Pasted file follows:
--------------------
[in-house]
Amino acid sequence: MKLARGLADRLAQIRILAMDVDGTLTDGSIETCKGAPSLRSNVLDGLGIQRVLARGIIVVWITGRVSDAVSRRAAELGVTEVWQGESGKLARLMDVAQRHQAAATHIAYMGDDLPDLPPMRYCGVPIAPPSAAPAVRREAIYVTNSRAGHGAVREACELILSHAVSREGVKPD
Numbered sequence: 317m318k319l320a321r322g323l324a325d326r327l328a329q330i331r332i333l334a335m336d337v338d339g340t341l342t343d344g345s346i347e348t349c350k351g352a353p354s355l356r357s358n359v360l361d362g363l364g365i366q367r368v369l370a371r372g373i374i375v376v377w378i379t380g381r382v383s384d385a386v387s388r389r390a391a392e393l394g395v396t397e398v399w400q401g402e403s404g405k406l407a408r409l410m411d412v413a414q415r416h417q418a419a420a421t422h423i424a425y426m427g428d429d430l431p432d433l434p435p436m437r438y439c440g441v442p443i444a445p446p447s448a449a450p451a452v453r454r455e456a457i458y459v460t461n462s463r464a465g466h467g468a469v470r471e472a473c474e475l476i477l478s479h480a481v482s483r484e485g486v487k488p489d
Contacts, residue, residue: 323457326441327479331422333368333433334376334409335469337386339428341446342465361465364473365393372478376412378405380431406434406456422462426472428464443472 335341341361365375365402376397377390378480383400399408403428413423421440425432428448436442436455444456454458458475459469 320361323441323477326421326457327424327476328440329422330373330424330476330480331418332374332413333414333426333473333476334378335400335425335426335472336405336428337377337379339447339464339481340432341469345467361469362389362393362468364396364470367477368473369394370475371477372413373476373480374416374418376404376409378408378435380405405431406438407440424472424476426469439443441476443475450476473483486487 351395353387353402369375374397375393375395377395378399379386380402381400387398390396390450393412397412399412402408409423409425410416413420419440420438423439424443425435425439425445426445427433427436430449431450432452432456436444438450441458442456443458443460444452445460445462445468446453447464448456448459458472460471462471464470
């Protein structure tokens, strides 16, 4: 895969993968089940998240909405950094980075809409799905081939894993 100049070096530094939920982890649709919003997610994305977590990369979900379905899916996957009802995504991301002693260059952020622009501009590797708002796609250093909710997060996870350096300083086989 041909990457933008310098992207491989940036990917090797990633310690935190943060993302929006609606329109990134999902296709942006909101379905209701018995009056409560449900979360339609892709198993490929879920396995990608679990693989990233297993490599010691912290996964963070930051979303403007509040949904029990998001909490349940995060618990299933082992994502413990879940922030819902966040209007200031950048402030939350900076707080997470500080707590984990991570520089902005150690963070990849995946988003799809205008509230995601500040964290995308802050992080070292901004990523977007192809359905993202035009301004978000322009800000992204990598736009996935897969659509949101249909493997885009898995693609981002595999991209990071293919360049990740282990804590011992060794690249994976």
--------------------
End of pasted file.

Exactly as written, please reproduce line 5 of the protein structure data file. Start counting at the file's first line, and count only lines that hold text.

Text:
């Protein structure tokens, strides 16, 4: 895969993968089940998240909405950094980075809409799905081939894993 100049070096530094939920982890649709919003997610994305977590990369979900379905899916996957009802995504991301002693260059952020622009501009590797708002796609250093909710997060996870350096300083086989 041909990457933008310098992207491989940036990917090797990633310690935190943060993302929006609606329109990134999902296709942006909101379905209701018995009056409560449900979360339609892709198993490929879920396995990608679990693989990233297993490599010691912290996964963070930051979303403007509040949904029990998001909490349940995060618990299933082992994502413990879940922030819902966040209007200031950048402030939350900076707080997470500080707590984990991570520089902005150690963070990849995946988003799809205008509230995601500040964290995308802050992080070292901004990523977007192809359905993202035009301004978000322009800000992204990598736009996935897969659509949101249909493997885009898995693609981002595999991209990071293919360049990740282990804590011992060794690249994976």